Hunt had evidently continued her criminal misconduct for months, even while the “Free Kate” movement was portraying her as “an innocent young girl” unfairly targeted because of prejudice. Revelation of the ugly truth shattered the heroic narrative that caused some of her fanatical supporters to compare Hunt to civil-rights icon Rosa Parks.

Just three months after some gay-rights activists cloaked her in the mantle of mythical victimhood, Hunt didn’t look very heroic when she was led into court Tuesday. Wearing handcuffs and leg shackles, Hunt looked like she hadn’t slept well during her first night in jail. Her eyes red-rimmed and her hair disheveled, Kaitlyn Hunt scarcely resembled the smiling poster-girl who had been presented to the world in May. She sat silently while Detective Jeremy Shepherd testified about her violations of the no-contact order the court had made a condition of her release on bond in February. For six months, Hunt had been free, and had used that freedom to continue her original criminal conduct while engaging in behavior that was “severely threatening the integrity of the judicial process,” as prosecutors said in their petition to revoke her bond. As Judge Pegg said, the evidence was overwhelming, and the erstwhile poster girl was sent back to jail to await trial.

Three months ago, my attention was drawn to the Kaitlyn Hunt case by a column at the Media Research Center’s NewsBusters site in which Matthew Philbin described the “Free Kate” movement’s obvious strategy: “If you can play the gay card, you immediately trigger knee-jerk support from the liberal media and homosexual activists anxious to topple any and all rules regarding sex.” The danger was obvious enough; this was transparently an attempt to invalidate age-of-consent laws in the name of gay rights. Some liberals had scoffed in January when Rush Limbaugh warned about “an effort under way to normalize pedophilia.” Kaitlyn Hunt’s supporters disavowed any such purpose, but their campaign to negate Florida’s laws against sex with minors clearly pointed toward what conservative attorney Matt Barber has called “sexual anarchy.”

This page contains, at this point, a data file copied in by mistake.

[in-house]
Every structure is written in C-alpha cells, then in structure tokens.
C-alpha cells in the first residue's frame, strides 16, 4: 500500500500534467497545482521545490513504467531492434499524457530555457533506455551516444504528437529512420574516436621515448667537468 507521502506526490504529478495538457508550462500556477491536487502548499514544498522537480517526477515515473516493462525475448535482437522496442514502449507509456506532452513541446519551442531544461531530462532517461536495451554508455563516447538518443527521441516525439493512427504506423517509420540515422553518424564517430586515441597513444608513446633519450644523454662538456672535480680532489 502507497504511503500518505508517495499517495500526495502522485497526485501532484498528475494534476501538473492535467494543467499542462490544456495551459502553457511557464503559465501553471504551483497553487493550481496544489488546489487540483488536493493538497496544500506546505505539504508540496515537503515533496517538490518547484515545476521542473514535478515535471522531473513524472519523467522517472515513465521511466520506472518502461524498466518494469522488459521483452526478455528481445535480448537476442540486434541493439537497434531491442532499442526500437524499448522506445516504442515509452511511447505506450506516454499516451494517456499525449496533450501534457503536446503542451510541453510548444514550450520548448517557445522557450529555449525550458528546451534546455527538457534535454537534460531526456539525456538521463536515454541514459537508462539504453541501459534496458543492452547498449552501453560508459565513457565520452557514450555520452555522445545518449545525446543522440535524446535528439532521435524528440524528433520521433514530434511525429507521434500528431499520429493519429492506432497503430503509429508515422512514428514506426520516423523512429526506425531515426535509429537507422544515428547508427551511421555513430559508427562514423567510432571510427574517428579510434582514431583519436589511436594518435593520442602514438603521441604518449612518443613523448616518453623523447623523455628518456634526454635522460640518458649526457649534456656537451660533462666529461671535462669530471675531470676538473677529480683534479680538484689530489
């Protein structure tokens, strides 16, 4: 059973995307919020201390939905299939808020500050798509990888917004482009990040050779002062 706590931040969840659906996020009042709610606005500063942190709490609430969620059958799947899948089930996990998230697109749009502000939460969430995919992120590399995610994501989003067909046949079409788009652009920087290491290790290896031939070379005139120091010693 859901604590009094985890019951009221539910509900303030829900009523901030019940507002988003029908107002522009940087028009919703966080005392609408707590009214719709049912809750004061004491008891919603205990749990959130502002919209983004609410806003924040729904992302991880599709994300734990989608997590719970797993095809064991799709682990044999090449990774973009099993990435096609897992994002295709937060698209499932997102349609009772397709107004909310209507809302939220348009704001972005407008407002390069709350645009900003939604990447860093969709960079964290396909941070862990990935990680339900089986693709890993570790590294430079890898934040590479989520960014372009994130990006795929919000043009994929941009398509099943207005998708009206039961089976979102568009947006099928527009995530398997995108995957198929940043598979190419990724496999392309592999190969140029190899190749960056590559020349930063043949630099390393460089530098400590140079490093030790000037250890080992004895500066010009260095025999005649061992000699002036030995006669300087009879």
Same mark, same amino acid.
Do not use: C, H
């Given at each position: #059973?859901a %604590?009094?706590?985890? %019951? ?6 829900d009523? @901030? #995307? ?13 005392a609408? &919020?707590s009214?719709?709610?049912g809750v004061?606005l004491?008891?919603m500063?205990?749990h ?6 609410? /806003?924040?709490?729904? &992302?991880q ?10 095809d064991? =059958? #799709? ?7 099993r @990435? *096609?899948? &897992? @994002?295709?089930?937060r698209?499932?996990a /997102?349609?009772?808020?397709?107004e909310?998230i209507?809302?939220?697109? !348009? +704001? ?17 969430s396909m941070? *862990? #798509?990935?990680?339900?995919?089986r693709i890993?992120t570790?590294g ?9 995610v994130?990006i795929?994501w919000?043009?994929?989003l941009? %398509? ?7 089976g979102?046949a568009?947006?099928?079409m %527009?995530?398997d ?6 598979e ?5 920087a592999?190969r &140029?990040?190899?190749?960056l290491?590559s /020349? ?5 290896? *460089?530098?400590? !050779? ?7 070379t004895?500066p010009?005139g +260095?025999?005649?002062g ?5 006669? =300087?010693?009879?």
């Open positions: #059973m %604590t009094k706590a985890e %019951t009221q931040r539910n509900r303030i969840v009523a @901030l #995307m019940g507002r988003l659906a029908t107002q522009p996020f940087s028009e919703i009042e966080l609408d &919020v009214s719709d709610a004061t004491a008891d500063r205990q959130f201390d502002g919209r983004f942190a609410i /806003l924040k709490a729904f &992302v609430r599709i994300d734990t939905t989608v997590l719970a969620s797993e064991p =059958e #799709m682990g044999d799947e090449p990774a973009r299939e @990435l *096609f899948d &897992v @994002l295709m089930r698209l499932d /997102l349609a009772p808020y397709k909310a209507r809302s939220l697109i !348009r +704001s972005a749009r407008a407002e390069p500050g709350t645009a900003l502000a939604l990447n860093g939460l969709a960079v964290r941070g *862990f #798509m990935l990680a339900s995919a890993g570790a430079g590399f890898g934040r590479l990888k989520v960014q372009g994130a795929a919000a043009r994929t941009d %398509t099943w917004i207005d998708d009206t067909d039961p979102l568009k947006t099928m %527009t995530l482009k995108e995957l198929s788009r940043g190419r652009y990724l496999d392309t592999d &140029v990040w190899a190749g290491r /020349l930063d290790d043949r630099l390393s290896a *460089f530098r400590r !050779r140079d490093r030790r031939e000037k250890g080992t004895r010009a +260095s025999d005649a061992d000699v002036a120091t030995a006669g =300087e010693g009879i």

A disastrous legal precedent may have been narrowly averted by the unexpected turn in the Kaitlyn Hunt case that sent the movement’s heroine to jail, with little likelihood she will be able to refuse whatever plea bargain prosecutors may still be willing to offer her. Hunt could have spared herself this ordeal if she had taken either of the first two deals they offered, and now it appears prosecutors have an open-and-shut case on a new felony charge. No matter what her supporters do at this point, it seems nothing can prevent Kaitlyn Hunt from being taught a hard but simple lesson: Why do you think they call it “jailbait,” anyway?

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About the Author

Robert Stacy McCain is co-author (with Lynn Vincent) of Donkey Cons: Sex, Crime, and Corruption in the Democratic Party (Nelson Current). He blogs at The Other McCain.